Tuesday, July 30, 2013

Real Time Communication with Socket.io

Socket.io lets us enable real-time communication between web browsers. In this basic tutorial I'll show you how to build a simple "game" that lets you pass a puck back and forth between clients in real time.

The basic steps will be:
  1. Install Node.js.
  2. Install Socket.IO.
  3. Create a directory for your project containing the backend code (title it app.js) and a file for the frontend (title it index.html).
  4. From the command line and inside the project directory start the server by typing: node app.js 
  5. Open a browser and point it at: http://localhost:4000.
  6. Open a second browser and point it at the same URL.
  7. Click the puck and watch socket.io work its magic!
Let's get started!


You will need Node.js installed as a first step so go install that if you haven't already. Once you have that in place you will need to install Socket.io. Assuming Node.js is installed correctly all you need to do use npm (Node Package Manager) like so:

sudo npm install socket.io


I'll present the full backend code and then go through explaining what everything does.

In the first 5 lines of the backend we define variables and tell the server which port we will be on: Lines 1-3 define and create the server (app), socketio (io) and the filesystem (fs). The first two are fairly self-explanatory. The third, filesystem, is needed because we have to read in the index.html file that will contain our frontend code.

Line 5 tells the server to operate on port 4000. The port doesn't really matter for this tutorial (any open port will do) but be aware that you cannot run your app as a non-privileged user on ports lower than 1024. Attempts to do so will result in the following error:

warn - error raised: Error: listen EACCES

The next few lines create the function that the server uses to serve up the frontend: This is a very basic fileserver that will either serve up a file in the same directory named index.html (our frontend) or throw an error if it cannot find or otherwise load it.

This last portion contains the meat of our app: here we define the players, handle incoming connections from clients, and send and receive data. The first thing we do here is define a variable to track which player we are dealing with. This is solely used at start to determine which player starts with the puck. The core of this bit is the connection event. Socket.io needs this in order to begin doing its thing so line 2 kicks that off by passing the incoming connection into the callback that runs on connection (*Note that the various emitters and receivers exist inside this connection).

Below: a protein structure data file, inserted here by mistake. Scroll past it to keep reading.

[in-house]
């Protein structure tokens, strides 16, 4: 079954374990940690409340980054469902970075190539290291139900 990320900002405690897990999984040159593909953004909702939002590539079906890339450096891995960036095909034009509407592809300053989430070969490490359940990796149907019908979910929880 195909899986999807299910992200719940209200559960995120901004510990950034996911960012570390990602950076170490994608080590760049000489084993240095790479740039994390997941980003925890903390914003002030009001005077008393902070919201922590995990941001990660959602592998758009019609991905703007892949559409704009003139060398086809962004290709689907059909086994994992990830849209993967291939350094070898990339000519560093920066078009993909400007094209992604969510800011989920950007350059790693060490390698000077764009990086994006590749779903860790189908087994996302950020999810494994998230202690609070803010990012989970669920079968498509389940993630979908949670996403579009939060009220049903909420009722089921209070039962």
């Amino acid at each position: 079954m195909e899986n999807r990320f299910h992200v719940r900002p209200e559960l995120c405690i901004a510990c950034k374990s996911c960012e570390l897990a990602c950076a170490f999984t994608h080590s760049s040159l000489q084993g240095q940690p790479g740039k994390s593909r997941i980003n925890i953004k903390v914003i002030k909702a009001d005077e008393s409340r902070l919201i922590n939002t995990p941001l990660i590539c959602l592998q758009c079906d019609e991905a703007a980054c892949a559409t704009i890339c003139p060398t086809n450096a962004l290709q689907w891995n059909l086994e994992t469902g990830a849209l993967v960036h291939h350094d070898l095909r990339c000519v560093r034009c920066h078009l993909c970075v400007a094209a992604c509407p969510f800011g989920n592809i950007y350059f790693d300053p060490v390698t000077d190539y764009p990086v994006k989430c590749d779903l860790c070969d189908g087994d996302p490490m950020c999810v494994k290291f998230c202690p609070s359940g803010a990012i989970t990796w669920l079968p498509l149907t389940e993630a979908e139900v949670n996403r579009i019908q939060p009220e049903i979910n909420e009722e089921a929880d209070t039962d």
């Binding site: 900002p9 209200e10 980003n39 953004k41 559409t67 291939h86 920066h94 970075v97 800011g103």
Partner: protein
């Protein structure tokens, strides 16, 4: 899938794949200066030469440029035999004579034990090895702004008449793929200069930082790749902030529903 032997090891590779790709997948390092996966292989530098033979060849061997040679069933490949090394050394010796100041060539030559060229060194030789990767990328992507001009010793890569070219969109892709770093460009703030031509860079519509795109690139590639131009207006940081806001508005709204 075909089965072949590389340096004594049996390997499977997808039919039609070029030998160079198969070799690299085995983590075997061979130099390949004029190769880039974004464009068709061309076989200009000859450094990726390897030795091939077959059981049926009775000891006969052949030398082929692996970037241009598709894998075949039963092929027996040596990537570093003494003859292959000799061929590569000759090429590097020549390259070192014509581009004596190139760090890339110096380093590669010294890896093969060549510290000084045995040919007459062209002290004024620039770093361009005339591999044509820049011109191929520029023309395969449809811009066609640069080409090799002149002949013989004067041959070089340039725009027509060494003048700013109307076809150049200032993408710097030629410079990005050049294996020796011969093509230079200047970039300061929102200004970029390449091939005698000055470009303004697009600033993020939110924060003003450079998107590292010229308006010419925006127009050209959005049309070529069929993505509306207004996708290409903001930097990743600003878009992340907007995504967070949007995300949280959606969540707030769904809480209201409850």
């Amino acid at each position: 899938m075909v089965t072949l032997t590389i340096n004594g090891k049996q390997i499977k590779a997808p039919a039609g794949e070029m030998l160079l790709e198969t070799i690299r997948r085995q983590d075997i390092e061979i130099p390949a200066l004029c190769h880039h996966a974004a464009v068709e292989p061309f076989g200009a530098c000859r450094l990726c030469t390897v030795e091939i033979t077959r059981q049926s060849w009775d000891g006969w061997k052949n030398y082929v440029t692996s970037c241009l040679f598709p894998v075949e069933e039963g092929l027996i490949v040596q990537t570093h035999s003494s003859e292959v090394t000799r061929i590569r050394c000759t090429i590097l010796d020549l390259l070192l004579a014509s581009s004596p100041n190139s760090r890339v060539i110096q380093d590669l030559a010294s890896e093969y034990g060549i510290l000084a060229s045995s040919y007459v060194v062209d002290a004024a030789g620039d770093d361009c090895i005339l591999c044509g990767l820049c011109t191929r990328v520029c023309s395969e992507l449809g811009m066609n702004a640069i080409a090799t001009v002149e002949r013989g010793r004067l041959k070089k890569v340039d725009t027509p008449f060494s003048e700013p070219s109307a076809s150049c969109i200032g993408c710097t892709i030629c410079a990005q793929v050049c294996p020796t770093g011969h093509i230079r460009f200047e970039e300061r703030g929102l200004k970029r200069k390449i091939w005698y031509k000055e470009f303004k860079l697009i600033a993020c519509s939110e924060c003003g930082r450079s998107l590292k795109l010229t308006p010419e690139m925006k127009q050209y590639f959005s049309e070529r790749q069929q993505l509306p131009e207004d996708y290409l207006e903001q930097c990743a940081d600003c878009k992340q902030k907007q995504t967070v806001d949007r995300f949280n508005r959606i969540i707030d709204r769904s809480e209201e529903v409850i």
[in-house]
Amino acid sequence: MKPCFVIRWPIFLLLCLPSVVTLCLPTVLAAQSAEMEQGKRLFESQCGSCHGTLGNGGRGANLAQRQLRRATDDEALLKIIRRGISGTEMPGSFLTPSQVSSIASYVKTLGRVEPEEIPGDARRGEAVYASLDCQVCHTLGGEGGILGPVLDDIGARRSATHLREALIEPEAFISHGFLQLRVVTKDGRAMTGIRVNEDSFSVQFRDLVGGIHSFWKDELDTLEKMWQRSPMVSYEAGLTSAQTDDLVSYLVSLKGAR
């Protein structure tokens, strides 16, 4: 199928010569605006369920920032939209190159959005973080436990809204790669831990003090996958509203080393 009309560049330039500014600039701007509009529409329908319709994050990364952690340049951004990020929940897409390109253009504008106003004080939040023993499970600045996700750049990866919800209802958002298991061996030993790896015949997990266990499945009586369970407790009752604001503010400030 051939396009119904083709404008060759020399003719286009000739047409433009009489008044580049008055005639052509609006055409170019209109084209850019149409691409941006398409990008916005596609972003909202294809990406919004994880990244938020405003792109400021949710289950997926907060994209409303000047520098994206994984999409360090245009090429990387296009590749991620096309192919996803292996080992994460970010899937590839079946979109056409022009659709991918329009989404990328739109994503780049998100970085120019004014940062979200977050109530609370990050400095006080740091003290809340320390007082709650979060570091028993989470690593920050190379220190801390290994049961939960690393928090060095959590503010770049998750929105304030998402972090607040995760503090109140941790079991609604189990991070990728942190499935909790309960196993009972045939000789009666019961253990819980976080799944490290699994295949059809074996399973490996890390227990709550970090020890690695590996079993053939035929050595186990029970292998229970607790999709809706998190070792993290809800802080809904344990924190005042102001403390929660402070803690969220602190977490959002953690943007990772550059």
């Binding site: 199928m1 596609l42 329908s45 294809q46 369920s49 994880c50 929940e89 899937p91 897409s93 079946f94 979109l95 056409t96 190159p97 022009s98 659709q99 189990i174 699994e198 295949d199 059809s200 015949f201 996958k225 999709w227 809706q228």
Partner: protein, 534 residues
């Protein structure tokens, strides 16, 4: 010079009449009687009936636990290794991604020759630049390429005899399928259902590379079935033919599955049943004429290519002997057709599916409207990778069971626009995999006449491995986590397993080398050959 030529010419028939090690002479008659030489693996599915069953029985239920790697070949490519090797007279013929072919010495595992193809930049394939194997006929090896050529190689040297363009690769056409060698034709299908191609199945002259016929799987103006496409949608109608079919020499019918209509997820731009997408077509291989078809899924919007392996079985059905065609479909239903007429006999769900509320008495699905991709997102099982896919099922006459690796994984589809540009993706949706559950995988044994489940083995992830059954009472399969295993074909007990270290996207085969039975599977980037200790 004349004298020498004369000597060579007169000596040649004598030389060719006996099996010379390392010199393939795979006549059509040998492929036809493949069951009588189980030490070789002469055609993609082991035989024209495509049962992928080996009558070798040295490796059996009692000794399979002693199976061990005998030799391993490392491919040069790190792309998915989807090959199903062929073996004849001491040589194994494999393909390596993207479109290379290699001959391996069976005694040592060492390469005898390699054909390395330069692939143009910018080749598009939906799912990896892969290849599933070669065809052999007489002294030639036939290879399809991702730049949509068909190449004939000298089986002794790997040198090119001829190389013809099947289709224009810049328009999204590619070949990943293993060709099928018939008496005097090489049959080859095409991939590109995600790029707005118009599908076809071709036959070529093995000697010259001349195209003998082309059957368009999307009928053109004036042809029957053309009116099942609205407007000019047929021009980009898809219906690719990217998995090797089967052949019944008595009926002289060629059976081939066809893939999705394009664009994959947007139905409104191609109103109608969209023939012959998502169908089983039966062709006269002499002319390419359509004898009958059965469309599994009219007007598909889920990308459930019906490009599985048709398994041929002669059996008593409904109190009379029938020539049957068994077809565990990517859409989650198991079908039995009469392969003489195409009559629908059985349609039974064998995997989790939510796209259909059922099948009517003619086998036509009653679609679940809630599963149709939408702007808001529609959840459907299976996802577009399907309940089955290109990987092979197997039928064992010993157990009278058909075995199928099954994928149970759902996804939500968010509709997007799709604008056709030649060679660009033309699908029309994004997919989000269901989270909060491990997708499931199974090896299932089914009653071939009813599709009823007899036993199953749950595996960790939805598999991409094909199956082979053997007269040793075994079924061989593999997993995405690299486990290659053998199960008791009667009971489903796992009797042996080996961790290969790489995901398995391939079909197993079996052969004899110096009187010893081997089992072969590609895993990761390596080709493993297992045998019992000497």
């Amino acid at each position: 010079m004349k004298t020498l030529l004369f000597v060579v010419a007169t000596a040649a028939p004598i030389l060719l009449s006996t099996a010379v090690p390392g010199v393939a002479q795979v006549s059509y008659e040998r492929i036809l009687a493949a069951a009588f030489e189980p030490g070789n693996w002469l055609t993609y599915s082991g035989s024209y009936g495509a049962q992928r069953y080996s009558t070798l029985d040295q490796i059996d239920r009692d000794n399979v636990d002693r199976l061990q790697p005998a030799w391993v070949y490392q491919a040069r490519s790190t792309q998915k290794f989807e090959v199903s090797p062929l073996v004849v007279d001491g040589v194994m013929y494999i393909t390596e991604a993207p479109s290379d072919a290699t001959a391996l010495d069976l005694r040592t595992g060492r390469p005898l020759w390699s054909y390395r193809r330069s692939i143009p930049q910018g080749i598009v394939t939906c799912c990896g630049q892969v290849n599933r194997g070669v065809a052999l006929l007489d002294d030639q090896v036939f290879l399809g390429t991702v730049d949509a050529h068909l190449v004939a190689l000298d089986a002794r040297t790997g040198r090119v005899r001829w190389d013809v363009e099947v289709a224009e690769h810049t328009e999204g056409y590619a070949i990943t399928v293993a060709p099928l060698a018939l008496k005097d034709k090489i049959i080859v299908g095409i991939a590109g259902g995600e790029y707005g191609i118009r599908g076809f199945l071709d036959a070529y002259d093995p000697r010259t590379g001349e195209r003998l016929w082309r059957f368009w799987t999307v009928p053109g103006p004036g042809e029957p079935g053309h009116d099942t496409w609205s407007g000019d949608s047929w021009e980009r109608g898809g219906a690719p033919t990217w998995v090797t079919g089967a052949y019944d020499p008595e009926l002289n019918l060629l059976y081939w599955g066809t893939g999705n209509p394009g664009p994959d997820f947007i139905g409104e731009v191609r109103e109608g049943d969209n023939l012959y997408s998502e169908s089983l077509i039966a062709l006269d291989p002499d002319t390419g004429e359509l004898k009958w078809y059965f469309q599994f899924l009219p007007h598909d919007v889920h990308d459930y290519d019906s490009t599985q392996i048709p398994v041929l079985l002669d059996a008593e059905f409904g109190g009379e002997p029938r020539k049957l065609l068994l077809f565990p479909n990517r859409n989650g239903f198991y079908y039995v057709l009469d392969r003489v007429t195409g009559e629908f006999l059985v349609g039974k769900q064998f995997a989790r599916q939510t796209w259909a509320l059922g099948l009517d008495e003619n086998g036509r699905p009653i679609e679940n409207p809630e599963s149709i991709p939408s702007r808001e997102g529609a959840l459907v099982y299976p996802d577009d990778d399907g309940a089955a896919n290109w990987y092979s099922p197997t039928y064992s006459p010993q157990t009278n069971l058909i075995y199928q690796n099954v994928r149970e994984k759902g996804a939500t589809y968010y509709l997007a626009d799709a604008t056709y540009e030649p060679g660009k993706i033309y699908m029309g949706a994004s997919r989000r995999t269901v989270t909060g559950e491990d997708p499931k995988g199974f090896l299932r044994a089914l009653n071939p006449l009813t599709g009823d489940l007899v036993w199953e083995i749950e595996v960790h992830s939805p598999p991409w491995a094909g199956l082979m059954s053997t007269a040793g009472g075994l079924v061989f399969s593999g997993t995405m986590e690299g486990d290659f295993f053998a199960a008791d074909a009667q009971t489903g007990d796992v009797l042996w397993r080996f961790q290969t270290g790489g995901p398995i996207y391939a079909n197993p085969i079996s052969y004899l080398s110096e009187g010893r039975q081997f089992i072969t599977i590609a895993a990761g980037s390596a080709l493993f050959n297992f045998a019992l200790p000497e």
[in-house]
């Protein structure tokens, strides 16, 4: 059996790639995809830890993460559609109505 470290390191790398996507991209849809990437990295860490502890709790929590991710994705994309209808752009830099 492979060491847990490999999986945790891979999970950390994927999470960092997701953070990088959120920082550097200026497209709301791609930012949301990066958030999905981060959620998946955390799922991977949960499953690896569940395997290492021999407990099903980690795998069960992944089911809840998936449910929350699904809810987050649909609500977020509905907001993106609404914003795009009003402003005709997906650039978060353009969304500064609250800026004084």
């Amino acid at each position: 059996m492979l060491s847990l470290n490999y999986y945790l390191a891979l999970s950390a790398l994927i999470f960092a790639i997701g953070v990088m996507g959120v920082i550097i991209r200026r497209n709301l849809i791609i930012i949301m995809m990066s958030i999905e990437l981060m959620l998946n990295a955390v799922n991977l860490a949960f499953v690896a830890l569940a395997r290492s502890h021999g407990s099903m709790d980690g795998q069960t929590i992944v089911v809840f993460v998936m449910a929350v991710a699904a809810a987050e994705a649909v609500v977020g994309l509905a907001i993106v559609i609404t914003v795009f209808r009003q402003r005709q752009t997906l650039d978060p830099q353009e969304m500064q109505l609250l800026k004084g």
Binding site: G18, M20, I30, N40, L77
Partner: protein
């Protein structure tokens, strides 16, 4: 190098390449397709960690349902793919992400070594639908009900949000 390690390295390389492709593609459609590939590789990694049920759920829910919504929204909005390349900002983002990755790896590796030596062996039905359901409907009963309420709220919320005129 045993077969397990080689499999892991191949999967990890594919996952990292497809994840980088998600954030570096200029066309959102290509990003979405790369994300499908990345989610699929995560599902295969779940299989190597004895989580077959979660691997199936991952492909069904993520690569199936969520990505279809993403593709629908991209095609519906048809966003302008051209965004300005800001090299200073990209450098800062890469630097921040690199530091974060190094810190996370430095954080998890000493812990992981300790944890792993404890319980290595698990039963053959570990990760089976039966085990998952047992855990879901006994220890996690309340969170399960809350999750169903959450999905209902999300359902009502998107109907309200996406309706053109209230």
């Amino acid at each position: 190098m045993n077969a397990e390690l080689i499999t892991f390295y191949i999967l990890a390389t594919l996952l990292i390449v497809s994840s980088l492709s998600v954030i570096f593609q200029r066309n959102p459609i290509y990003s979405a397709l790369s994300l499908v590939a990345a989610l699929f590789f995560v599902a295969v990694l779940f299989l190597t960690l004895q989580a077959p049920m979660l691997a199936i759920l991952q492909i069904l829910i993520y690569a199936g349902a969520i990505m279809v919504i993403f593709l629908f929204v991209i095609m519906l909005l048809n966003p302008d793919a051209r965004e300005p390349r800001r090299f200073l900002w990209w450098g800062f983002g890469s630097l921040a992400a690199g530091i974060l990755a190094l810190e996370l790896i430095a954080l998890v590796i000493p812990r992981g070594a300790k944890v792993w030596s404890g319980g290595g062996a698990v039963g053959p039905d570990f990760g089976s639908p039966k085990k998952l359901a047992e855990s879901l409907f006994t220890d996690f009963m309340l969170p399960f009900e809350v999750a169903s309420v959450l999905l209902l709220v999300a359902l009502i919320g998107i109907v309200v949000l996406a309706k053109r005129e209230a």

Next we set a number for the player (line 5) and then on line 7 we emit that back to the client that just connected. This "emit" is important as it is a key part of using socket.io. What it does is emit an event we've named "player" back to the client where the client will handle it (we'll look at how when we get to the client side of things below).

The last part starts on line 9. This is a listener that will listen for an emit from the client named "volley". When it detects this emit it will trigger a callback function that will broadcast emit "return". A broadcast emit is one that is sent to all clients except for the current one.

That does it for the backend. Now let's take a look at the frontend.


Here is the entire frontend chunk of code. The HTML and CSS are self explanatory so I will only focus on the portions that pertain to socket.io. The first bit that matters here is the reference to socket.io.js on line 35. You may wonder how that path comes about. The simple answer is that socket.io itself is serving that up. Use that path and if socket.io is running you are good to go.

Next up is the first block of script tags. This contains our connection event and a couple of listeners that are waiting for emits from the backend: First, we create our connection to the web socket and assign it to a variable (line 1). Next we set up the connect listener and inside of it create a listener for the emit named "return" (lines 3-5) and a listener for the emit named "player" (lines 7-11). When the "return" event is emitted by the backend the client will trigger the jQuery animation defined in its callback, moving the puck down and onto the screen on the client. When the "player" event is emitted the code will check to see if the client should have the puck visible on their screen or not. A small bit of jQuery handles this. This "player" event is only emitted on client connection so it only comes into play when the client is first loaded, is refreshed, or the backend script is restarted.

The last piece of the puzzle is how to serve the puck to the other client: Here we have a jQuery click event attached to the puck element itself ('#target'). Line 1 simply sets up the standard document ready function for jQuery. We are then saying that upon click of the puck start an animation that moves the puck up off the top of the window (and fade it out for good measure). We then use the jQuery animate complete callback to trigger an emit named "volley" once the animation is done. If you look back at the full backend code you will see line 28 defines the listener for this event. That snippet of code does a broadcast emit (which, if you recall, emits to any client that it NOT the originating one) sending the "return" event to the other client (triggering the animation that brings the puck onto the screen).

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